Japanese Gi Inspired Patchwork as an Upcycle Aesthetic
I have chosen to use the same aesthetic in my upcycle project that I wrote about during the aesthetic exploration blog post on, that being the Patchwork Aesthetic. However as to not restate what I have already covered in my earlier post I want to discuss the other source of inspiration for my project.
For my project I did not just want to sew a bunch of scrap fabric together, it should resemble something. I thought what better to use as inspiration that the source of my scrap material, old Gis. Below is an image of a GI for those who are not familiar:
Figure 1: Brazilian Jiu-Jitsu Gi
The common word Gi is an abbreviation of the more traditional Japanese word Keikogi. Its roots break down as ‘keiko’ meaning “practice” and ‘gi’ meaning “dress or “clothes”. These uniforms were used primarily in Japanese Martial Arts and their descendants such as Aikido, Judo, and Jiu-Jitsu. It was not until the 20th century that Chinese Martial Arts such as Karate adopted this uniform. While the Gi has gone through many different iterations, the modern style of the Gi was designed in the late 19th century by a famous Judo practitioner as a uniform that can hold up during the explosive throws in the Judo system. It is speculated that his inspiration were the hemp jackets that Japanese firefighters used. The following images shows a 20th century Japanese Firefighter Coat:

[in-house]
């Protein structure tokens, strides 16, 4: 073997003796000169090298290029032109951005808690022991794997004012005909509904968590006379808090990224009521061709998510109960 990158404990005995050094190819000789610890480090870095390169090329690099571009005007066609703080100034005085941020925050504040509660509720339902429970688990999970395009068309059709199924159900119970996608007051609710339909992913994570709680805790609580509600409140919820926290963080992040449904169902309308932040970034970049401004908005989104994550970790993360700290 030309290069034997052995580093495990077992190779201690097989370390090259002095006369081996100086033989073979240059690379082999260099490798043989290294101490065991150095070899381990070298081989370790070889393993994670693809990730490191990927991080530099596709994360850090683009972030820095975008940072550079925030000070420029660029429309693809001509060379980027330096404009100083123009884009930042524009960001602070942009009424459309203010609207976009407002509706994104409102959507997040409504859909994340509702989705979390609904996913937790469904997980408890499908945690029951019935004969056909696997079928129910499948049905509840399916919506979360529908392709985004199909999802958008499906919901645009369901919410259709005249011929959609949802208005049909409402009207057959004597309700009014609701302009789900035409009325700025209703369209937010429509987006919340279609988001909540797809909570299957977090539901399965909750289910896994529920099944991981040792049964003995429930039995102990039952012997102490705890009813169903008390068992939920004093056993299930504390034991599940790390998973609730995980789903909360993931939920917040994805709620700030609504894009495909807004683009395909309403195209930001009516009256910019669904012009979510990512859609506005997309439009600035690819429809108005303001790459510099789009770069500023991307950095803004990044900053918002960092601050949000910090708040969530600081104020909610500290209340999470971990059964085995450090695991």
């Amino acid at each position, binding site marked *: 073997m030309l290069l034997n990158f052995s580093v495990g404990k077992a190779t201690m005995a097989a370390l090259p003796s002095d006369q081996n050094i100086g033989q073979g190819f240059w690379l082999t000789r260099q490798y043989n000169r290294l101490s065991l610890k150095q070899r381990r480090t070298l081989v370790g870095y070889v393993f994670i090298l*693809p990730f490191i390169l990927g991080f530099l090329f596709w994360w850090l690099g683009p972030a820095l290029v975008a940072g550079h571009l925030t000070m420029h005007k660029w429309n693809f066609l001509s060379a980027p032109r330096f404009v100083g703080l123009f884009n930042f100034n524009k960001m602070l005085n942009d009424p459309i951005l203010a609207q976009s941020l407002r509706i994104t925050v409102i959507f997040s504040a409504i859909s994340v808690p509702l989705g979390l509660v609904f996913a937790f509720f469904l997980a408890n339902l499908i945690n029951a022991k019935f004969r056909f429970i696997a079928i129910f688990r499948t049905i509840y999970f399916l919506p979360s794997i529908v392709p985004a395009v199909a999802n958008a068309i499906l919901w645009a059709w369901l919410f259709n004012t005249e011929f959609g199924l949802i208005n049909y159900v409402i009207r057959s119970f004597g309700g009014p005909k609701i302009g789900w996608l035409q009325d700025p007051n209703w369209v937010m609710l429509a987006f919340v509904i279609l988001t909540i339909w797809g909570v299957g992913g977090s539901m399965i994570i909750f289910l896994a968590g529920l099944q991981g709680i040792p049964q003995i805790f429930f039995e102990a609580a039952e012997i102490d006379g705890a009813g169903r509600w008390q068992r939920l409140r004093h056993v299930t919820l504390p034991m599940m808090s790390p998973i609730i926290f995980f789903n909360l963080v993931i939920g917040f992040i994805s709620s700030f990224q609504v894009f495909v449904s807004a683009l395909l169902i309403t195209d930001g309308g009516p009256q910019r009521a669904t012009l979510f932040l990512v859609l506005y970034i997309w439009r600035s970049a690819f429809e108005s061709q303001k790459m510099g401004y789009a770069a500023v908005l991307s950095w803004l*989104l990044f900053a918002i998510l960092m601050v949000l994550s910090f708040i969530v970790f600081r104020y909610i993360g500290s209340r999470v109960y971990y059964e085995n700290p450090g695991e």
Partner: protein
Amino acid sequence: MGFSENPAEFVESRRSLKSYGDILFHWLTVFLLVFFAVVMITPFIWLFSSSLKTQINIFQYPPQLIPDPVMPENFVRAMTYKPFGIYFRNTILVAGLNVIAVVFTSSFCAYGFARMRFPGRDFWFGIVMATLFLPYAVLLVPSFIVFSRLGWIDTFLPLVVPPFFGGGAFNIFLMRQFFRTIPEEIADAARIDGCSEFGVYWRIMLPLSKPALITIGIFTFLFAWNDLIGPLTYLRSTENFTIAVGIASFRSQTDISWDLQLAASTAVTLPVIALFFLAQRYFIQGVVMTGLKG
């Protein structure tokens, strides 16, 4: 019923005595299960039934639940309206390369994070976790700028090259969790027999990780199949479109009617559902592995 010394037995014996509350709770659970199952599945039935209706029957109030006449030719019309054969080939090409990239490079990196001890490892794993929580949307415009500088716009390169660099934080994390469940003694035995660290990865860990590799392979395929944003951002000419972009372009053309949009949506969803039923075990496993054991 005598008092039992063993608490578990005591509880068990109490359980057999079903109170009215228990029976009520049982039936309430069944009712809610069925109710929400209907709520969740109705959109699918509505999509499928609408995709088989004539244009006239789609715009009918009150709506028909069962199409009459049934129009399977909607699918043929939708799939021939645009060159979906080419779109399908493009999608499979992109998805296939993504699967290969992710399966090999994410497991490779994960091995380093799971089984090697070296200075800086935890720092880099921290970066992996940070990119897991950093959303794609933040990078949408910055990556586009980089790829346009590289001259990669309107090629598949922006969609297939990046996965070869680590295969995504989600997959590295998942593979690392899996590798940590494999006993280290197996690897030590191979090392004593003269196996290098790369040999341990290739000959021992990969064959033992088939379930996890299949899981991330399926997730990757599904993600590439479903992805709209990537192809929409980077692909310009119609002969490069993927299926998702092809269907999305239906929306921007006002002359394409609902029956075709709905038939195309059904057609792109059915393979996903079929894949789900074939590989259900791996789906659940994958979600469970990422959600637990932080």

Figure 2: Vintage Japanese Fire Fighter Coat
As I stated above, different forms of Martial Arts have their own interpretation of the Gi. The most important difference is the thickness. Often times they can be categorized into either single weave or double weave Gis. The single weave material is good for systems that involve more striking, allowing one to get the Gi to snap like a whip. However, single weave Gis will easily tear when grappling. This is when double weave material is used to allow for more durability. The differences between these are shown below:
Figure 3: Single Weave (Top) Double Weave (Bottom)
For my project I am going to make a Bomber Jacket since I have always wanted one. These jackets have a couple of specific features that I am going for in my design: no hood, thick collar/cuffs/waist, and a silk like liner fabric. These features are depicted in the image below:
Figure 4: Bomber Jacket
The last part to make this blog post come full circle is to discuss how the traditional Japanese Keikogi will be used to influence my patchwork bomber jacket. Two aspects of the Gi that I intend to bring over to my upcycle project are both having no zipper and the classic overcut in the front. These go hand in hand as Gis have the overcut in the front to allow a belt to hold the front together. In my project I plan on using hidden buttons. My stencil for half of the front of my project is shown along with some buttons below.
Figure 5: Template with Overcut
Figure 6: Hidden Buttons
Picture 1: Original Image
Picture 5: Original Image
Picture 6: Original Image